Well i don't agree with short deadlines, i just mean that most devs need a window to aim for, without that things can really snowball out of control to the point where you'll end up wasting time adding tons of thing to the game that they eventually end up cutting to get the game in working order again. Devs don't think they are invincible, it's just that we are pretty passionate people when it comes to our craft, and the scale of our projects is mainly determined by the purpose and deadline, and when your purpose is to sell it to every gamer in the world, and you have no deadline. The first thing that enters your mind is this may be the only opportunity to make your masterpiece, then ambition explodes and you go crazy (it's like giving a mad scientist unlimited resources/money) with deadlines you can easily figure out what the main focuses are going to be, and accommodate for adequate time to refine and polish those focal points. If it were completely up to the devs i'm sure they would hold onto the game until it was absolutely polished to a shine, but in almost every case the publisher doesn't want to give them that time/money. In the case of self published titles like Skyrim, i really don't know WTF is going on there, seriously with such a long development time, on such a big selling franchise, coming from such a renowned studio/publisher, and being their own boss/publisher. i really don't see why they couldn't fix the major issues before release
Completely agree. Deadlines are a must. I think what is happening is that the ability to push out patches is allowing publishers to be far to aggressive with their timelines. I also think that scope creep and scale are inflating the problem. There just needs to be a better balance between what the game does and when it comes out as opposed to the current mentality of "do everything, and do it now, we will fix it later"
So many games I've played are released with tons of bugs which are patched the same day of release or during release week. Magical Drop V online vs was totally broken, which is why I bought it. Works now after a fix but word travels fast on the net.
After reading all the comments, it's great to see both sides. Deadlines are necessary. I mean you can't just be Phil Fish and redo your game 50 times while people just sit by and twiddle their fingers. However, we are still seeing games released with too many issues. Where do we draw the line? Where do we say this is the proper amount of time for a deadline? Overall, and interesting article and discussion!
Deadlines themselves aren't the real problem. It's that the deadlines either don't match up to the scale or complexity of the game, or the scale and complexity of the game are too big for the time allotted by the publisher. What it comes down to is that if investors want a certain caliber of game, then they need to give a reasonable time for that game to be completed. If developers want money for a game, then they need to scale that game based on what they are able to get to develop it. There are issues with yearly releases though, and publishers nowadays seem all too willing to release a buggy product to recoup that initial investment. Sometimes these scenarios end up making the developer look bad because the product simply isn't up to par with what it should be. It's a chicken and egg scenario, and ends up being who's to blame, instead of looking at how to fix it.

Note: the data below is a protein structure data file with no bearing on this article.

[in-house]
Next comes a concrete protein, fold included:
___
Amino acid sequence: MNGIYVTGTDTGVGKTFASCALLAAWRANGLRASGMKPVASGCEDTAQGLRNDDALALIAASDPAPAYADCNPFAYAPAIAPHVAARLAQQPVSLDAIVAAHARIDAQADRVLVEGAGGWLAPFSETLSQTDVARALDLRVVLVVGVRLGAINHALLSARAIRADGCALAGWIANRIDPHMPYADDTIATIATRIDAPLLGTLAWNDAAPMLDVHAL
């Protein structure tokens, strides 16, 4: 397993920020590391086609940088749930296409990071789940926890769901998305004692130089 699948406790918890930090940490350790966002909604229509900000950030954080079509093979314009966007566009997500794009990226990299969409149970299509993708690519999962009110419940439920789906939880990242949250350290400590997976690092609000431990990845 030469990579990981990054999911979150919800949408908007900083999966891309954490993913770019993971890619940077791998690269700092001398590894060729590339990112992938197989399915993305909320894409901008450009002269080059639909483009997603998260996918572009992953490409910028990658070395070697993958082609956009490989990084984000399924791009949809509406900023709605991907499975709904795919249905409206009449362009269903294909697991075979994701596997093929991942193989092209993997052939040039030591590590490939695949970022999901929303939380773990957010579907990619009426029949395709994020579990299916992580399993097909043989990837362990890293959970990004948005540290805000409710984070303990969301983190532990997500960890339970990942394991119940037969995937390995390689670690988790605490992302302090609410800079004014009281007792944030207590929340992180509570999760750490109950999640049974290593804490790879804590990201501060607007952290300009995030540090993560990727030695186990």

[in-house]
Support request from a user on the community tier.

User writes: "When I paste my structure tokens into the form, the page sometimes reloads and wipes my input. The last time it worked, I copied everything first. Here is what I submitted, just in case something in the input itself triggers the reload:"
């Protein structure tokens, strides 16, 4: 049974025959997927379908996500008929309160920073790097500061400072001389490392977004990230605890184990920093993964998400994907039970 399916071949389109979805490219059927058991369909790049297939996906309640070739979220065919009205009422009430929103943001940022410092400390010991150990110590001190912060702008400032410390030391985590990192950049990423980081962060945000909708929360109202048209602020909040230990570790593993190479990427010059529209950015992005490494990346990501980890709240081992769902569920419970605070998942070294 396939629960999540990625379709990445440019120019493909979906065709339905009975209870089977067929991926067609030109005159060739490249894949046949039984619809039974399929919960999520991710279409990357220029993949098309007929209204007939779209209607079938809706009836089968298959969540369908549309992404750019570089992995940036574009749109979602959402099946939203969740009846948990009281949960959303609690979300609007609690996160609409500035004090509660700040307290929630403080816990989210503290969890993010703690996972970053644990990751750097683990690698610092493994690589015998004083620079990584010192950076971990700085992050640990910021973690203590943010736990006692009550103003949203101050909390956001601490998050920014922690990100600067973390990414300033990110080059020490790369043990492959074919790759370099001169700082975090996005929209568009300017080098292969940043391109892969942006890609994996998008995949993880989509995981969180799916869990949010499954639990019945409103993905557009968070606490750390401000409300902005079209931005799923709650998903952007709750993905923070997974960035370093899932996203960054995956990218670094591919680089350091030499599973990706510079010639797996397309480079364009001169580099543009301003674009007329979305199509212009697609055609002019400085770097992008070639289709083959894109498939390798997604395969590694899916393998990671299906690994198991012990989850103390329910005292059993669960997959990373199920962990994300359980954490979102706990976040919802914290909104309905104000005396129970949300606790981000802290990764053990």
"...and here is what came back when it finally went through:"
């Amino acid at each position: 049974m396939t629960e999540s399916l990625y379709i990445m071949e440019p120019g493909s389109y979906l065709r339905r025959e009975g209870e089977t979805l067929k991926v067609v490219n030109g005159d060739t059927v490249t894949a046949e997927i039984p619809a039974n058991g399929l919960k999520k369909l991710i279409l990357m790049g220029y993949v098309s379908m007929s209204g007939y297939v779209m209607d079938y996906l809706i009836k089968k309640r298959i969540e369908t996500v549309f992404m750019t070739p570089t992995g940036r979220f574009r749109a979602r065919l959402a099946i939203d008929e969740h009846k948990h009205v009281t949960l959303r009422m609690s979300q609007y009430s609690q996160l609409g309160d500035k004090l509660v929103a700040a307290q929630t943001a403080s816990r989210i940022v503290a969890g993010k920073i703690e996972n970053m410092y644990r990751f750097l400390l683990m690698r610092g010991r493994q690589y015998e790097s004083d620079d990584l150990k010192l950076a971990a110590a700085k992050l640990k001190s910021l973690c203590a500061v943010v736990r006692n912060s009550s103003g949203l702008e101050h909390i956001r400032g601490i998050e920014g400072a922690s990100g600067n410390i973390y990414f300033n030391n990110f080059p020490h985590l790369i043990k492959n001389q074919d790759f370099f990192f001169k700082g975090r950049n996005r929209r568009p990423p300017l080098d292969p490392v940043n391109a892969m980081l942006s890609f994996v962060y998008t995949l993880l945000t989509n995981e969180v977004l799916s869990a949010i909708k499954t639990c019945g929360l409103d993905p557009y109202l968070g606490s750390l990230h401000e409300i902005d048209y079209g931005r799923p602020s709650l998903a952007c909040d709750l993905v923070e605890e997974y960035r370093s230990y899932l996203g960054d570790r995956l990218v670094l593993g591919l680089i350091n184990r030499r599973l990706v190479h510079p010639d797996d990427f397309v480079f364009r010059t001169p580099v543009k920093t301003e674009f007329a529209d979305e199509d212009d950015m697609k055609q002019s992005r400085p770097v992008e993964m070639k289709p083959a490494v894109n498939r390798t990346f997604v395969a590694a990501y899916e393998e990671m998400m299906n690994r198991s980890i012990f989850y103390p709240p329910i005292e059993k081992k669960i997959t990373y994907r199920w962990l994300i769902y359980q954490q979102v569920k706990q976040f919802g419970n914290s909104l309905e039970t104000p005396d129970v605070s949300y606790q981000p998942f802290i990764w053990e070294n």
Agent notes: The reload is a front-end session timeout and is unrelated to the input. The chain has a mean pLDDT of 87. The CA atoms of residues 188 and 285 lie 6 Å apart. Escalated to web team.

This is certainly a complicated issue. I for one think that publishers who have more standards not rush their game out of the door before it's finished. That's not to say I don't support deadlines - I completely do, but they must be feasible.
Deadlines are certainly necessary for any project out there and games are no different. The problem I've noticed in hearing from many developers and QA testers is that many times management is so flip-floppity when it comes to feature requests and agendas that it's the managers themselves who can potentially screw everything up. I reiterate: Deadlines are important, but so is working out the details for your project beforehand.
Deadlines are needed in order to set goals for the team. But developers/publishers need to realize that they need to push these deadlines back if their product doesn't reach a certain standard. Just because they can patch it later doesn't mean they can release a game in a poor state.
I'm sure most of the points have been made, but I have personally seen the decline of some favourite franchises due to this horrible trend. Deadlines are fine, people need pressure, like coal needs pressure to become a diamond, but that doesn't mean you still release a game thats not up to a standard. Or are we as fans expected to lower our standards?
Gaming journalism has done good things this year with reporting on overly aggressive deadlines and publishers. We've heard of awful conditions under which games like Spec Ops: The Line were made, and we've heard from the devs behind Project Eternity on how they basically made it up as they went into their Kickstarter project. It comes down to who pleases who. Publishers are looking to please investors, and devs are looking to please fans/gamers. A disconnect happens when one side does not acknowledge who the other is answering to in the long run.
Great article, Nate. I do believe that deadlines need to be flexible enough to allow for proper playtesting, but not so open that developers overthink things.